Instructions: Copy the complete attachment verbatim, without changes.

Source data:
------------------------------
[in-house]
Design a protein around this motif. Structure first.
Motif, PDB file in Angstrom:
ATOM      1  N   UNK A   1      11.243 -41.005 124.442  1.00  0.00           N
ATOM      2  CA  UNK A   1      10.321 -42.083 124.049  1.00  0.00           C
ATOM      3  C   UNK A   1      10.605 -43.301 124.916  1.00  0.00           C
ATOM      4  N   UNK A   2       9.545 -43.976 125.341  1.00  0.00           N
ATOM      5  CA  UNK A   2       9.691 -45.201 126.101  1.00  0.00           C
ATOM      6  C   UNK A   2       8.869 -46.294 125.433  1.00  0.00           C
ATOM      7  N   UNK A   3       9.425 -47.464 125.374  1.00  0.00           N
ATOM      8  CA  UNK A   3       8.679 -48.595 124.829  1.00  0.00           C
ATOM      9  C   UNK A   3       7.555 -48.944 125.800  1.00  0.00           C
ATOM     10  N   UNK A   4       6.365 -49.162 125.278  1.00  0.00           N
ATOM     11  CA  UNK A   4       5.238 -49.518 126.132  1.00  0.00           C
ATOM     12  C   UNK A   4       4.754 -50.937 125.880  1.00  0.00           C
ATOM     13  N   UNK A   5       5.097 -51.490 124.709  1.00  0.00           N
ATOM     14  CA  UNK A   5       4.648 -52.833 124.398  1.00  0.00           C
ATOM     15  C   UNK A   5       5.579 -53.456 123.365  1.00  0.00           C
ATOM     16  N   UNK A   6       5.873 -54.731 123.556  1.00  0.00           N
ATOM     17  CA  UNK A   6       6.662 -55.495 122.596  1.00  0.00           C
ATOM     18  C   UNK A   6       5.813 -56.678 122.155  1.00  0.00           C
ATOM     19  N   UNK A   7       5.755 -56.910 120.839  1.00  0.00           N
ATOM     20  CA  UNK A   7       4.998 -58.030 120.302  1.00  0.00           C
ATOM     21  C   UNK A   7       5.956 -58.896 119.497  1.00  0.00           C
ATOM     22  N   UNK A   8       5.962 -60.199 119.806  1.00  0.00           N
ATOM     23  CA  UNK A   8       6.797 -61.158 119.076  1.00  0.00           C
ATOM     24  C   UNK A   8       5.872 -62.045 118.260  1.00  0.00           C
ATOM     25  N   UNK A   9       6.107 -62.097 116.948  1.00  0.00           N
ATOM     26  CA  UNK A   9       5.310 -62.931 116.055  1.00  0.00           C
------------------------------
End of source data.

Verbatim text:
[in-house]
Design a protein around this motif. Structure first.
Motif, PDB file in Angstrom:
ATOM      1  N   UNK A   1      11.243 -41.005 124.442  1.00  0.00           N
ATOM      2  CA  UNK A   1      10.321 -42.083 124.049  1.00  0.00           C
ATOM      3  C   UNK A   1      10.605 -43.301 124.916  1.00  0.00           C
ATOM      4  N   UNK A   2       9.545 -43.976 125.341  1.00  0.00           N
ATOM      5  CA  UNK A   2       9.691 -45.201 126.101  1.00  0.00           C
ATOM      6  C   UNK A   2       8.869 -46.294 125.433  1.00  0.00           C
ATOM      7  N   UNK A   3       9.425 -47.464 125.374  1.00  0.00           N
ATOM      8  CA  UNK A   3       8.679 -48.595 124.829  1.00  0.00           C
ATOM      9  C   UNK A   3       7.555 -48.944 125.800  1.00  0.00           C
ATOM     10  N   UNK A   4       6.365 -49.162 125.278  1.00  0.00           N
ATOM     11  CA  UNK A   4       5.238 -49.518 126.132  1.00  0.00           C
ATOM     12  C   UNK A   4       4.754 -50.937 125.880  1.00  0.00           C
ATOM     13  N   UNK A   5       5.097 -51.490 124.709  1.00  0.00           N
ATOM     14  CA  UNK A   5       4.648 -52.833 124.398  1.00  0.00           C
ATOM     15  C   UNK A   5       5.579 -53.456 123.365  1.00  0.00           C
ATOM     16  N   UNK A   6       5.873 -54.731 123.556  1.00  0.00           N
ATOM     17  CA  UNK A   6       6.662 -55.495 122.596  1.00  0.00           C
ATOM     18  C   UNK A   6       5.813 -56.678 122.155  1.00  0.00           C
ATOM     19  N   UNK A   7       5.755 -56.910 120.839  1.00  0.00           N
ATOM     20  CA  UNK A   7       4.998 -58.030 120.302  1.00  0.00           C
ATOM     21  C   UNK A   7       5.956 -58.896 119.497  1.00  0.00           C
ATOM     22  N   UNK A   8       5.962 -60.199 119.806  1.00  0.00           N
ATOM     23  CA  UNK A   8       6.797 -61.158 119.076  1.00  0.00           C
ATOM     24  C   UNK A   8       5.872 -62.045 118.260  1.00  0.00           C
ATOM     25  N   UNK A   9       6.107 -62.097 116.948  1.00  0.00           N
ATOM     26  CA  UNK A   9       5.310 -62.931 116.055  1.00  0.00           C